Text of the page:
The paradox of generosity

We’re all familiar with our Lord’s words that it’s “more blessed to give than to receive.” As it turns out, this maxim is not only true as a matter of faith, it’s empirically true, as well.

This is the subject of a new book, “The Paradox of Generosity: Giving We Receive, Grasping We Lose,” by BreakPoint favorite and Notre Dame Professor Christian Smith and Hilary Davidson, a doctoral student at Notre Dame.

The book is based on research from Notre Dame’s “Science of Generosity” initiative. As Smith and Davidson write in the introduction, “By grasping onto what we currently have  . . . we lose out on better goods that we might have gained . . .”

One such good is happiness.  We often hear that “money can’t buy happiness.” Whether most Americans actually believe this is debatable. What isn’t debatable is that generous people are more likely to describe themselves as “happy” than people who aren’t generous.

For purposes of their research and the book, the authors define “generous” as giving away ten percent of one’s income. People who do this are nearly half again as likely to say that they have a strong sense of purpose in their lives.

The same holds true with what they call “neighborly” and “relational” generosity. People who volunteer are significantly more likely to have a strong sense of life purpose compared to those who don’t.

As Smith and Davidson write, “Giving money, volunteering . . . being a generous neighbor and friend . . . are all significantly, positively correlated with greater personal happiness, physical health [and] a stronger sense of purpose.”

That’s why they can claim that “by failing to care for others, we do not properly take care of ourselves” and that “It is no coincidence that the word ‘miser’ is etymologically related to the word ‘miserable.’”

Think about the most famous literary miser, Ebenezer Scrooge. As his nephew Fred tells his guests, “his offences carry their own punishment.” Scrooge made himself miserable in this life and he still had Hell to look forward to.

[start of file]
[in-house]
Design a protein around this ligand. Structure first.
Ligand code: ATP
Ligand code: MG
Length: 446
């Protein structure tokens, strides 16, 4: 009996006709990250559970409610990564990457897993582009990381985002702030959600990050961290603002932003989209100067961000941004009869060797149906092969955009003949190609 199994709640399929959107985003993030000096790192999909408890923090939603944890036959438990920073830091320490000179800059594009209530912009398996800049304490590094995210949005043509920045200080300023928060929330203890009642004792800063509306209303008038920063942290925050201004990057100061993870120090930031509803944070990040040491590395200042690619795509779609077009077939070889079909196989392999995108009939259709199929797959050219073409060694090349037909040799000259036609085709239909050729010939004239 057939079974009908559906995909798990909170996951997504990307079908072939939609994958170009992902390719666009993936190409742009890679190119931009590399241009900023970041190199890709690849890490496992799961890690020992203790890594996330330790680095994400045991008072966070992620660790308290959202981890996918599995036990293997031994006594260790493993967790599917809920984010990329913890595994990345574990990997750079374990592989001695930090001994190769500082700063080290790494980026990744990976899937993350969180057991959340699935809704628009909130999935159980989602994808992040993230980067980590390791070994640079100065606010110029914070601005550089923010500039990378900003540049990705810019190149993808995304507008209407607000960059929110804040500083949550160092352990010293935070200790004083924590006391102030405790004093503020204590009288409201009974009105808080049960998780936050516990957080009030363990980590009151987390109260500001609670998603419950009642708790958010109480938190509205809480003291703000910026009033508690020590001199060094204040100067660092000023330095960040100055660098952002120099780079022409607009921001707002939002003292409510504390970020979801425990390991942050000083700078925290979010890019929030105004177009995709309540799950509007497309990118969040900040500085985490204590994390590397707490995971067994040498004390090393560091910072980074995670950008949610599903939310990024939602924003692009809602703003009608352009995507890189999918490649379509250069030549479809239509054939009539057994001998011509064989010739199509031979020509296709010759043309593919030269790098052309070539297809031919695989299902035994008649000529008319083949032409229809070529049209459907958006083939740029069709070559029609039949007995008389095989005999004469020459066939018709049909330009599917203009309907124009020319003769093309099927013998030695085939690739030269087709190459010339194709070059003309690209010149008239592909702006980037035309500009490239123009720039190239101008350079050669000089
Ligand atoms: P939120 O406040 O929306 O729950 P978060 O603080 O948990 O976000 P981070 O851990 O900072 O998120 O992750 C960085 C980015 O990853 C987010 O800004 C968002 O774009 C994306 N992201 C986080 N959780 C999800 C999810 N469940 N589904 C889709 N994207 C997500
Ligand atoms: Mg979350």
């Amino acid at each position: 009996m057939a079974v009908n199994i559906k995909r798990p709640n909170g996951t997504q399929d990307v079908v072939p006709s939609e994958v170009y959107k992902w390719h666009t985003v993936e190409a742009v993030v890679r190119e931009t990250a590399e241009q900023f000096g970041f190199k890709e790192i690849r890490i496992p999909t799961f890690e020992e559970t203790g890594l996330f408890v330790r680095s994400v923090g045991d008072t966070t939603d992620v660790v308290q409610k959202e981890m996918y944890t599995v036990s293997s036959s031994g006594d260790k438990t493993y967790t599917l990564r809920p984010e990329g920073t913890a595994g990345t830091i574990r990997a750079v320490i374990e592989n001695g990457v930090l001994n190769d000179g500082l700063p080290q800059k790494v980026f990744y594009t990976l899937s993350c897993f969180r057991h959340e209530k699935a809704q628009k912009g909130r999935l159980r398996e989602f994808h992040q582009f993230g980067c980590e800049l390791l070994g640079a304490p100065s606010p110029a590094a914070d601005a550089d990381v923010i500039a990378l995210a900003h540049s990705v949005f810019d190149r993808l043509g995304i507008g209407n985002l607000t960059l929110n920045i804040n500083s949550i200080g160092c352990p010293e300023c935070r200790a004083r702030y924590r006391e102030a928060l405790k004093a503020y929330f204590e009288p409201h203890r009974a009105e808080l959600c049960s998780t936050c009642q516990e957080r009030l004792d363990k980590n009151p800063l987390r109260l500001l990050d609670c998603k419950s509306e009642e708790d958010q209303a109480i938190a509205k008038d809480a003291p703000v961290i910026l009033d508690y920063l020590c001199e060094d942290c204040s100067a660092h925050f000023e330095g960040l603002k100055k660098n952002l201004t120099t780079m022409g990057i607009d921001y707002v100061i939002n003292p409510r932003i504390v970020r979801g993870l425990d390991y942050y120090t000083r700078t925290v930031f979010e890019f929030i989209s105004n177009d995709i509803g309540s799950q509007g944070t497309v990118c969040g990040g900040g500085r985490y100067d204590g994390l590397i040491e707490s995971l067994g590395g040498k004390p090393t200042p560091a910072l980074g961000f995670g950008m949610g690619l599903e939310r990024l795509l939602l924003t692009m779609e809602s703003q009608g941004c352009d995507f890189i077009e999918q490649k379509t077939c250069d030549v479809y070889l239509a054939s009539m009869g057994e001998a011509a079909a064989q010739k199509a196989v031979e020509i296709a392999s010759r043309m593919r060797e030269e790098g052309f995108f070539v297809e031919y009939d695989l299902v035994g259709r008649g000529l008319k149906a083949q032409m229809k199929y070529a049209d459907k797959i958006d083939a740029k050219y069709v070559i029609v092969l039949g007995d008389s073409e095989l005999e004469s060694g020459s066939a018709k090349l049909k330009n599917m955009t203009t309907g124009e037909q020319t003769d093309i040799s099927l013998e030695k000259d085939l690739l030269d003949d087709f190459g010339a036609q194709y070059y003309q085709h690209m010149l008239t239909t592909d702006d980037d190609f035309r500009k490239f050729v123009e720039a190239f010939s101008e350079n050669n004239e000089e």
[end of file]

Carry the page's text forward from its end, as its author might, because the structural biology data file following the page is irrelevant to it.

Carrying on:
As Smith and Davidson document, generosity is the remedy to the human tendency toward what they call “maladaptive self-absorption.” A friend of mine, who suffers from mood disorders, has found that when he feels most anxious or depressed, praying for others and performing little acts of kindness and generosity makes all the difference in the world.

This shouldn’t come as a surprise: We humans are made in the image of God, who, in His very nature, is relational and all-giving.  What should come as a surprise is how few people actually practice generosity: Notre Dame found that that “only 2.7 percent of Americans give a 10th or more of their income to charity, at least 86.2 percent give away less than 2 percent of their income and nearly half give nothing.”

Sadly, as our society has become more post-Christian, it has become less generous. And, as a result, less happy.

— by Eric Metaxas

Metaxas is currently the voice of Breakpoint, a radio commentary ( that is broadcast on 400 stations with an audience of eight million. Copyright© 2014 Prison Fellowship Ministries. Reprinted with permission. BreakPoint is a ministry of Prison Fellowship Ministries.


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